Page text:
Thanks for coming back! As I mentioned last week, we’re going to cover a special bonus way to rest today. If you missed any of the other posts in this series, please start by catching up with the links below. You could probably read this post on it’s own, but it will make so much more sense in the context of all the other ones.
- Our Problem with Rest
- What is Rest?
- The Reason for Rest
- A New Mindset
- Ground Rules for Rest
- Practical Ways to Rest #1
- Practical Ways to Rest #2
- Practical Ways to Rest #3
For some of us, an essential ingredient is missing from our rest recipe. Our toolbox of rest is missing one key item that inhibits us from getting the rest we truly need.
The one thing we’re missing, is sleep.
The Problem With Sleep
There are probably as many reasons that people don’t sleep as there are people. I’m sure that everyone has a reason.
For some, it’s probably something like F.O.M.O. What will they miss if they go to bed now? I know that’s a big deal when it comes to sporting events that go late into the night. For others, maybe it’s habitual and they stay up binge watching things and they don’t realize how late it is.
Maybe it’s those little ones that keep us up at night. Or maybe something really good (or really bad) has happened in our lives and we can’t sleep because at this moment all we can do is lie in bed and think about that thing.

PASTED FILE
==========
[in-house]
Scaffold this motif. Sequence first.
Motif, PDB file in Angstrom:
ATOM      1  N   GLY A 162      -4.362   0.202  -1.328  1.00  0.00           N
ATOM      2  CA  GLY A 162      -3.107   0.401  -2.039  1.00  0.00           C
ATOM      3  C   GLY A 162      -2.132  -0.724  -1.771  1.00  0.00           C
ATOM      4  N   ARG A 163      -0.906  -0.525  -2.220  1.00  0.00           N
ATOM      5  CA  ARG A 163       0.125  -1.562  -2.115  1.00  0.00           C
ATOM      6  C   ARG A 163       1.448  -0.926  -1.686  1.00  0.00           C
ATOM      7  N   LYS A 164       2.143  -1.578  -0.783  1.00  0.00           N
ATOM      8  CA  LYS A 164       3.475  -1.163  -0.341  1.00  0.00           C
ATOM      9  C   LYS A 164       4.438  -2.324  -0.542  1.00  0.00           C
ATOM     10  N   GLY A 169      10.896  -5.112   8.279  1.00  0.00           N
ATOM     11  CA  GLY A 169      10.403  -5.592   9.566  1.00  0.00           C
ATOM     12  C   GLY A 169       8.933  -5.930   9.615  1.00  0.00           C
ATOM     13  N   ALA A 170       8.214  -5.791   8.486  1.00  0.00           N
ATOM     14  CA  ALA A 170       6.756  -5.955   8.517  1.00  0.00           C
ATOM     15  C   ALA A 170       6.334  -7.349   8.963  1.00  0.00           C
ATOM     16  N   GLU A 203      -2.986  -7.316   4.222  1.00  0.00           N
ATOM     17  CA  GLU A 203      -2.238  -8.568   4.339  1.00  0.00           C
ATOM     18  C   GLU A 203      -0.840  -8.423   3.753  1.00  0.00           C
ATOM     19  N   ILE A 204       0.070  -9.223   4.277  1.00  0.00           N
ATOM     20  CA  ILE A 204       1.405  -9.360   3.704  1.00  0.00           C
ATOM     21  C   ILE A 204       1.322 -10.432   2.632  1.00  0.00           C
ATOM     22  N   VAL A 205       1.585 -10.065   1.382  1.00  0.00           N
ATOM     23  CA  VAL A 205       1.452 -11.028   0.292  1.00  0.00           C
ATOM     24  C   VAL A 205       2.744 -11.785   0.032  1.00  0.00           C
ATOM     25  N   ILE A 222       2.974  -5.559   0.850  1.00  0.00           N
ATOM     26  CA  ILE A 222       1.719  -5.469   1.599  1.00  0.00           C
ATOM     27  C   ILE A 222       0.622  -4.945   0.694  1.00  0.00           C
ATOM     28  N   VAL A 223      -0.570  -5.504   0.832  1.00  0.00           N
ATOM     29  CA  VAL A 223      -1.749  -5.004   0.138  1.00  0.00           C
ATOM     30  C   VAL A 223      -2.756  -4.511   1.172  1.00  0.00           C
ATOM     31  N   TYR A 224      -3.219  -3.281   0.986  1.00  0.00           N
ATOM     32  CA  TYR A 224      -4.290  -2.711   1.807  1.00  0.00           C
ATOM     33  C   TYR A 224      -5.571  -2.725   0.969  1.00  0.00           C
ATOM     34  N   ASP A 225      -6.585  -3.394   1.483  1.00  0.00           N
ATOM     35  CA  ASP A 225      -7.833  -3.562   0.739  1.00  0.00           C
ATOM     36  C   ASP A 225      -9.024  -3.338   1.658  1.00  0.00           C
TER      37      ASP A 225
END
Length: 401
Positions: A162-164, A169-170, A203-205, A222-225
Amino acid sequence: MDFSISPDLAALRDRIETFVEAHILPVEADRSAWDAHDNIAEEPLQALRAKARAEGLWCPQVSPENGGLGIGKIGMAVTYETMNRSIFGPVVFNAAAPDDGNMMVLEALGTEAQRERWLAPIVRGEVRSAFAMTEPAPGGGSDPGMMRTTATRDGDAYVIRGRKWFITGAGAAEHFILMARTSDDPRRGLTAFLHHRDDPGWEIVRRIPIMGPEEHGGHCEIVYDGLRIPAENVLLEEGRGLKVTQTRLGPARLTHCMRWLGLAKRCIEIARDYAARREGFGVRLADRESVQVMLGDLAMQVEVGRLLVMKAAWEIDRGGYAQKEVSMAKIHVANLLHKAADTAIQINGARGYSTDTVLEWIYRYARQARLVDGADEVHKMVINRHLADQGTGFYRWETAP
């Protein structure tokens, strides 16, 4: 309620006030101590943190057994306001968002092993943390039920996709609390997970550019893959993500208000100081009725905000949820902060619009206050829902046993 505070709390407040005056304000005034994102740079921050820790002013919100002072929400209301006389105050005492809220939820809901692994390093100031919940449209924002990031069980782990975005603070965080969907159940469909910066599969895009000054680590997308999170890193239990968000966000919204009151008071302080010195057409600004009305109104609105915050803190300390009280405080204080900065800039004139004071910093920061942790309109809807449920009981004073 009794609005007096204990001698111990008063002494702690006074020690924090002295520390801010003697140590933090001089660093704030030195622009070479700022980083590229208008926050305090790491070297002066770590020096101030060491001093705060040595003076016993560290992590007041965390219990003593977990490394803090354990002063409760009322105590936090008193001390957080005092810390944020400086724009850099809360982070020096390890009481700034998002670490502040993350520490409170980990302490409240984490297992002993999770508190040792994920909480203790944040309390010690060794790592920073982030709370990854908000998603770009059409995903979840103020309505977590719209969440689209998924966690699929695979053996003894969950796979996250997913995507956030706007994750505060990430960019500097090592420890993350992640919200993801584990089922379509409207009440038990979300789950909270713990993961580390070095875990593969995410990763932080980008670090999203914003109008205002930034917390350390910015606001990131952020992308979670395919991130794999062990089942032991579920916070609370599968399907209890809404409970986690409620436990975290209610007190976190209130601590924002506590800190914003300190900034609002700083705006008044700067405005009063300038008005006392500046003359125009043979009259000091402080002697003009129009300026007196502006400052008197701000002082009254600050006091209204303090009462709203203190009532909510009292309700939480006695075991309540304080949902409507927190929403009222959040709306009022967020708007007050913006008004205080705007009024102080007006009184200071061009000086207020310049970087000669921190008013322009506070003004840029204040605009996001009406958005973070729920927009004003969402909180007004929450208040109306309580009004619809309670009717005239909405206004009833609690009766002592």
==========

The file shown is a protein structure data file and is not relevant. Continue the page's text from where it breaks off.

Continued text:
There are people who work second jobs, or side hustles and they stay up late trying to get things done. Then there are others who just legitimately have difficulty falling asleep.
Caffeine plays a legitimate role in our inability to sleep as well. We consume caffeine at an incredible rate and if taken too close to when we need to be sleeping, could be the cause of us staring at the ceiling, wondering why our brains won’t shut off.
Another culprit is the proliferation of electronic devices we use late into the night. The blue light from our phones and TV’s can delay the release of the wonderful, sleep-inducing chemical melatonin. When we don’t get right amount of melatonin, we don’t get the right amount (or quality) of sleep. Other research is starting to suggest that the proliferation of “blue light” is affecting our sight.
There are probably many other reasons I can’t even think of but whatever the case, we tend to not sleep, or to not sleep well.
The Most Important Time of the Day
Why is this important? Our lack of sleep is hurting us and ultimately, is adding to our energy debt that we so desperately want to pay off.
We’ve heard all of our lives that we are supposed to sleep for 6-8 hours each day. Do we really need that much sleep? According to a study by the National Sleep Foundation, the answer is yes.
The researchers studied over 300 scientific publications regarding sleep and created a chart, spelling out for us the optimal sleep times for people of all different ages. For the average adult, 7-9 hours of sleep is recommended.
There has been other research done that suggests that our bodies function best in 90 minute sleep cycles. In these “sleep cycles” we go through all the stages of sleep and we wake up on the other side more refreshed and energized. This suggests that if we sleep for 6 or 7.5 hours we would wake up and have more energy than if we wake up in the middle of a sleep cycle after the typical 8 hours of sleep.
On top of all of this, there are the health problems that occur when you don’t sleep well. As well as a myriad of health benefits that go along with a good nights sleep. One of the most important of these is that your body heals itself while you are asleep.
When you lift weights during a workout you actually tear your muscle fibers. It’s only during sleep, when your muscles are resting, that the body is able to come in and heal those tears, repair the muscle, and help it to grow back bigger and stronger.